Our board of directors has discretion as to whether to distribute dividends, subject to the approval of our shareholders and applicable laws. Even if our board of directors decides to declare dividends, their form, frequency and amount will depend upon our future operations and earnings, capital requirements and surplus, general financial condition, contractual and statutory restrictions and other factors that the board of directors may deem relevant.

        Holders of our ADSs will be entitled to receive dividends, if any, subject to the terms of the deposit agreement, to the same extent as the holders of our ordinary shares. Cash dividends will be paid to the depositary of our ADSs in U.S. dollars, which will distribute them to the holders of ADSs according to the terms of the deposit agreement. Other distributions, if any, will be paid by the depositary to the holders of ADSs in any means it deems legal, fair and practical. See "Description of American Depositary Shares."

        We are a holding company incorporated in the Cayman Islands. We principally rely on dividends from our subsidiaries in China and Hong Kong for our cash needs. To pay dividends to us, our subsidiaries in China and Hong Kong need to comply with the applicable regulations. See "Risk Factors—Risks Relating to Doing Business in China—We principally rely on dividends and other distributions on equity paid by Vipshop China in China to fund our cash and financing requirements, and any limitation on the ability of Vipshop China to make payments to us could have a material adverse effect on our ability to conduct our business."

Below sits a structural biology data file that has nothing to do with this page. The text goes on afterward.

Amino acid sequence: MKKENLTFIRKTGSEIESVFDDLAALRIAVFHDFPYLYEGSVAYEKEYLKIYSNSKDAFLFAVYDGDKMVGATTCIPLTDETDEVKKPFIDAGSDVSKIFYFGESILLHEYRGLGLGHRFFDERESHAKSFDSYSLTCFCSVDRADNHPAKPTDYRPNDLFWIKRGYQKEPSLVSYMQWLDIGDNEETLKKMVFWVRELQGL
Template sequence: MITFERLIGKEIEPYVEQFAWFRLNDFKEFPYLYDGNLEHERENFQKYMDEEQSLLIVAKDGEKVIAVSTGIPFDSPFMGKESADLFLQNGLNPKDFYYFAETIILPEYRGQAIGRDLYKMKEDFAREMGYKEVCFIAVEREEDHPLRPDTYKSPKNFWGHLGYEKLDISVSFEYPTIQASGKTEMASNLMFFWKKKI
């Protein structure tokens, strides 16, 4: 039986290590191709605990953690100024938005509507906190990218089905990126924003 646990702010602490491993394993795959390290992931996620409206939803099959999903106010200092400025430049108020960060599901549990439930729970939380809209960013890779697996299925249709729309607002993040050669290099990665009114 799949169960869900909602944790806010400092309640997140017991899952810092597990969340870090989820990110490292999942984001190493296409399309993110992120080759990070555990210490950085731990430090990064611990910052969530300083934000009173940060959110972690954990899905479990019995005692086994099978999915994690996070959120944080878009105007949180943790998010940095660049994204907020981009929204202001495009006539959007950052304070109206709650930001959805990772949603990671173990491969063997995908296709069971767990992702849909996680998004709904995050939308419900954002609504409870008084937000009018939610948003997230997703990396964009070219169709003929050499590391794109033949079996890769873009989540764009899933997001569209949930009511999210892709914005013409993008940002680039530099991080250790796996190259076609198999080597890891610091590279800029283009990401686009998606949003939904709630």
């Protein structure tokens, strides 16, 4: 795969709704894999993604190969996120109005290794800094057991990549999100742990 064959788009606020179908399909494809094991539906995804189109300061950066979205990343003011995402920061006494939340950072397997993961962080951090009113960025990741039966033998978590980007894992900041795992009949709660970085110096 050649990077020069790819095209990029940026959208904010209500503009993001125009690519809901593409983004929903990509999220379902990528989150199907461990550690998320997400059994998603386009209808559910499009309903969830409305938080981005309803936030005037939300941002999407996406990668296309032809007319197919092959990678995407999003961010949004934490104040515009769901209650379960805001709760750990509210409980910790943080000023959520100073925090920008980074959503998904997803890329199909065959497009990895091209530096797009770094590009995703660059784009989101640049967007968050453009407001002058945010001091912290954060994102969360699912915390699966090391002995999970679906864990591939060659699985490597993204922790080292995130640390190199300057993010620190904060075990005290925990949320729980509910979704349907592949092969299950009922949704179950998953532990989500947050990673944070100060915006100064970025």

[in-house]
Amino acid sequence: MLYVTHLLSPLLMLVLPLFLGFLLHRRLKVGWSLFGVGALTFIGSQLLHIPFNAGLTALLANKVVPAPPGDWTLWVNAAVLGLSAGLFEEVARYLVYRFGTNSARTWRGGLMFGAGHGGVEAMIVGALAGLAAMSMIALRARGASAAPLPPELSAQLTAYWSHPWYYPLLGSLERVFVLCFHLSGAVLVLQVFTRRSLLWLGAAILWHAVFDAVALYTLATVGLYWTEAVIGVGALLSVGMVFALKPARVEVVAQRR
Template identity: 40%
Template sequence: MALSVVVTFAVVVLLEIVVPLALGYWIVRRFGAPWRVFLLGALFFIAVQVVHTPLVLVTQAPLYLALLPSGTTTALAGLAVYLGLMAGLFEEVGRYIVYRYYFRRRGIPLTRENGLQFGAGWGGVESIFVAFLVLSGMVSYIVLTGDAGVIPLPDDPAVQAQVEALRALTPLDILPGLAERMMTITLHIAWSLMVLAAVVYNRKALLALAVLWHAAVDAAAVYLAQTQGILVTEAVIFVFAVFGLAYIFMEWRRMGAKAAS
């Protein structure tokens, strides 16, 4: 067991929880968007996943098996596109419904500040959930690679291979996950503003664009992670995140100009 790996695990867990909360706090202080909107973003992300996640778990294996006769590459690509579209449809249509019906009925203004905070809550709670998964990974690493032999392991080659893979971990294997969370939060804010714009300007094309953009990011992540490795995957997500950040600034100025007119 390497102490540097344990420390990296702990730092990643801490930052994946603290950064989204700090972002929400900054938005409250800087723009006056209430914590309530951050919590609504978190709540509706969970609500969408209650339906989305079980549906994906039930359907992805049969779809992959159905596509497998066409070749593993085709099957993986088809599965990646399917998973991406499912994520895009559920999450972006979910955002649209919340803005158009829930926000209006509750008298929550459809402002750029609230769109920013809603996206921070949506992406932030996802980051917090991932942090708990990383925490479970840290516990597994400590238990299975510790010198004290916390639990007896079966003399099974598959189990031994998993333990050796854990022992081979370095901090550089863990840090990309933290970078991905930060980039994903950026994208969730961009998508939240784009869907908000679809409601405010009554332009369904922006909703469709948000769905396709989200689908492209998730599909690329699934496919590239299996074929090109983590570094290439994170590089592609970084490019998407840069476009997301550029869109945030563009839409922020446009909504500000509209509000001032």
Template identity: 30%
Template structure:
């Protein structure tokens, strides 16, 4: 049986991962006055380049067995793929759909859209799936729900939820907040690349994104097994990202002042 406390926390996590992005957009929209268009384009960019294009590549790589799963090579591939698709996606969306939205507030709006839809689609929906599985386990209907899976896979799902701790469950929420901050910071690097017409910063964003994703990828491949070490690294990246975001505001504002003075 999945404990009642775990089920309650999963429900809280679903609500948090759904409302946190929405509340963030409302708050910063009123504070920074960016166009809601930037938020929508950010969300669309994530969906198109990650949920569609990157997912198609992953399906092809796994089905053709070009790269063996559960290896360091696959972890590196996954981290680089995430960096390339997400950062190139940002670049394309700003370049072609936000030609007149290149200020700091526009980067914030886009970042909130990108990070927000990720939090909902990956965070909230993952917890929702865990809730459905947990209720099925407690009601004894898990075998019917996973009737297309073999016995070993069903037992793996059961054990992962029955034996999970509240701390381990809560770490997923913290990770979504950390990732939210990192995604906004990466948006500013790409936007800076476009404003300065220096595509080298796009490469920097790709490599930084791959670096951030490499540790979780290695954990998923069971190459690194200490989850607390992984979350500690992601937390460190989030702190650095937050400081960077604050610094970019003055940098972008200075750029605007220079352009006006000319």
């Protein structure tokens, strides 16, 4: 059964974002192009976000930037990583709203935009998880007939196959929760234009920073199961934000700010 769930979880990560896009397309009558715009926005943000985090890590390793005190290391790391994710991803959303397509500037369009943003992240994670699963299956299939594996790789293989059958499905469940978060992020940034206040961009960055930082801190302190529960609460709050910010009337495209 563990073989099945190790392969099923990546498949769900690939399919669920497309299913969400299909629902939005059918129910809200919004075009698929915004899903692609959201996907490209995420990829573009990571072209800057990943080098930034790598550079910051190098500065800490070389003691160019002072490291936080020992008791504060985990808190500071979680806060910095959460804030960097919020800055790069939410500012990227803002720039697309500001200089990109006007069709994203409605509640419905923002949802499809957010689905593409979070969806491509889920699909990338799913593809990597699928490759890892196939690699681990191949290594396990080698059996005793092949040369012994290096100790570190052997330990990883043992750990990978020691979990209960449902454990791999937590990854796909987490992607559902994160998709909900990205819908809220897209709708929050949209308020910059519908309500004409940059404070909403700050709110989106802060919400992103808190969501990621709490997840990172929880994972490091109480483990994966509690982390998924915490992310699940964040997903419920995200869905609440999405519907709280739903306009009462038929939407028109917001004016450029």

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CAPITALIZATION

        The following table sets forth our capitalization as of December 31, 2012:

    on an actual basis; and

    on an as adjusted basis to reflect the sale of                ordinary shares in the form of ADSs by us at the public offering price of US$          per ADS (based on the last sale price of our ADSs on                  , 2013), and assuming that the underwriters do not exercise their option to purchase additional ADSs in this offering, after deducting the underwriting discounts and commissions and estimated offering expenses payable by us.